The infectious nature of his positive attitude was palpable. Although we only spoke through small rectangular devices, I could feel his energy in the room. His attitude shined brightest when talking about what it would mean to be the first ever ROC Bantamweight champion. Ekundayo claimed, “It just means a lot to have my first belt in anything to be honest… Within myself, I call myself a champion, every day. But now, other people would have to call me a champion because I’ve got a belt… And one thing I really want to do is, which sounds a bit weird, I just want to take the belt home to my area, to Brixton.”

“I just want to take it to my area, and just show the people of that area what hard work can achieve… I want to just take it to my people and show them that not for nothing, we are from Brixton, it’s not the best start to have in your life. It’s not the best upbringing but you can rise above it and you can achieve your goals and that’s what the belt will mean”.

When the conversation shifted to the topic of his opponent, Ekundayo had less encouraging words rolling off his tongue. Jonas Magard, the second half of the ROC 5 main event, holds a record of 7-4. Currently he owns a seven fight win streak after starting his career 1-3. Ekundayo thought, “He did fight quite decent guys in his three loses… but in the seven fight win streak, none of his opponents have been of caliber”.

He elaborated further, “What’s in my thoughts is more me, then it is of him. So, he could come with anything, I don’t care. I’m just focused on how I’m going to be picture perfect. How I’m going to paint a masterpiece, how I’m going to make it a beautifully perfect performance. That’s what my primary focus is on, so what he does to me is irrelevant, I’m just going to focus on how I’m going to be perfect on the night of February 17th”.

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UFC 222 Re-Worked with Cris Cyborg vs. Yana Kunitskaya, and Frankie Edgar vs. Brian Ortega



UFC 222 has been saved, and it didn’t take a superhero to lift the burning boulder which was Max Holloway’s injury and withdrawal. All it took was a female named Cyborg and a man with a demeanor so smooth, he could be mistaken for an alter-ego. Cris Cyborg now serves as the UFC 222 main event when she defends her featherweight belt against Yana Kunitskaya. Frankie Edgar bumped down to the co-main event to face Brian Ortega in what is likely a title eliminator. The news of the UFC 222 revival originally stemmed from a report by and confirmed later in the evening by the UFC.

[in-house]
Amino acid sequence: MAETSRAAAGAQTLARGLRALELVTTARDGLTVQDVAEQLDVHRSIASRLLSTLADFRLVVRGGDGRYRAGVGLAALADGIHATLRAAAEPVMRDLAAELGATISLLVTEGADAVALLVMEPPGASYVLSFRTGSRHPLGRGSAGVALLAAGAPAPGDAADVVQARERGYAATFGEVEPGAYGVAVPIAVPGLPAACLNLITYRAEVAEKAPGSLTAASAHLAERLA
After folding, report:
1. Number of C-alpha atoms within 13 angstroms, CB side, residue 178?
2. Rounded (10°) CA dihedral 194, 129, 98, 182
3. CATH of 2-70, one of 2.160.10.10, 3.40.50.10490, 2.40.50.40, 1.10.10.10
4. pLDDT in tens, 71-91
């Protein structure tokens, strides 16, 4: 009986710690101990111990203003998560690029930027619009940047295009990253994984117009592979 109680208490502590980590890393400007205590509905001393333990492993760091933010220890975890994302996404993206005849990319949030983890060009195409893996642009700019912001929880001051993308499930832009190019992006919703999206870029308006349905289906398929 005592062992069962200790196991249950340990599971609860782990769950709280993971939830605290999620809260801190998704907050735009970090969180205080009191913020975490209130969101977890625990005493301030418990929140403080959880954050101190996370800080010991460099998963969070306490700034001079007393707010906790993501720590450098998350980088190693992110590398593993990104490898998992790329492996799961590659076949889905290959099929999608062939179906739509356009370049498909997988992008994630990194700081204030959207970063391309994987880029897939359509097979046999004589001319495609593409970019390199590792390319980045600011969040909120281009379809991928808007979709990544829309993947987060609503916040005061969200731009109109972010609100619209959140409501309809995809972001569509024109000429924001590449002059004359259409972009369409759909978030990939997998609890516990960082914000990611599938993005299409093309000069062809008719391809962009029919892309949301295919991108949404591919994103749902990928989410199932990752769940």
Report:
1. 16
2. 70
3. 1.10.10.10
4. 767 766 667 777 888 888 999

Over the course of the week, reports surrounded the Las Vegas card and whether it would survive. Multiple options were reportedly being mulled over; cancelling the card outright, changing the pay-per-view (PPV) to a ‘Fight Night’ with an Edgar vs. Ortega main event, Dillashaw vs. Garbrandt 2 main event, among others. Ultimately, the promotion landed on Cyborg vs. Kunitskaya as the new main event, while also booking Brian Ortega.

This adjustment of the card places their women’s Featherweight champion in the second PPV main event in three months. Cris Cyborg recently put her undisputed Featherweight title on the line against Holly Holm at the year ending card, UFC 219. She successfully defended her belt by unanimous decision, in what was an amazing technical display from the Brazilian. In her octagon career, Cyborg is undefeated in her four appearances with three KO/TKO stoppages.

The second half of the new main event, Yana Kunitskaya, makes her UFC debut against the scariest women on the roster. If the 145 lb. champion was not enough of a challenge, Kunitskaya also makes her first appearance in the division since defeating Cindy Dandois in December of 2010. Of Russia descent, her most recent performances came inside the Invicta FC cage. At the female-only promotion, she posted a record of 1-1, with 1 No Contest. Her loss and no contest, both came at the hands of former UFC Featherweight title challenger, Tonya Evinger.

Turning to the co-main event, both fighters have been relatively inactive but, for good reason. Brian Ortega amazingly forced perennial men’s Featherweight contender, Cub Swanson, to tap in the second round of their ‘Fight Night: Fresno’ contest. Ortega fought twice in 2017, but more-so stayed inactive following his stoppage victory over Swanson. The Californian contender announced his desire to wait in line for the next title shot following the recent victory.

For Frankie Edgar, his last fight took place at UFC 211 when he absolutely demolished young and rising star, Yair Rodriguez. A card which took place last May. While Ortega holds an undefeated record, Edgar is undefeated in his previous 9 fights, excluding people named Jose Aldo.

UFC 222 takes place at the T-Mobile Arena in Las Vegas, Nevada on March 3rd.

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UFC Middleweight Champion, Robert Whittaker Announces Birth of Third Child



Times seem dull and dreary for the UFC’s Middleweight Champion, Robert Whittaker. The New Zealand born fighter withdrew from the promotions event debut in the eastern region of his residence, Australia. UFC 221, which takes place this Saturday, booked Whittaker to defend his title for the first time against former division champion, Luke Rockhold. His withdrawal was due to mistreatment of a serious staph infection inside of the Australians stomach.

It couldn’t get much worse, having to disappoint fans, and missing the first UFC event in eastern Australia. As it turns out, it could not get worse for Whittaker. Life only got better, as he had the pleasure of announcing the birth of his third child.

His new child is the champions third and first girl. Information regarding his child is limited as this moment is a tender and special time for the Whittaker family.

UFC 221 takes place in Perth, Australia at Perth Arena on February 11th. The cards main event features Whittakers short notice replacement, Yoel Romero taking on Luke Rockhold. Much to the satiety of fans, an interim belt is not in the equation in this instance.

Thank God. Excuse me, thank Dana White.

UFC 221 also features the ‘Super Samoan’ Mark Hunt vs. Curtis Blaydes, Tai Tuivasa faces Cyril Asker, Alexander Volkanovski vs. Jeremy Kennedy and more.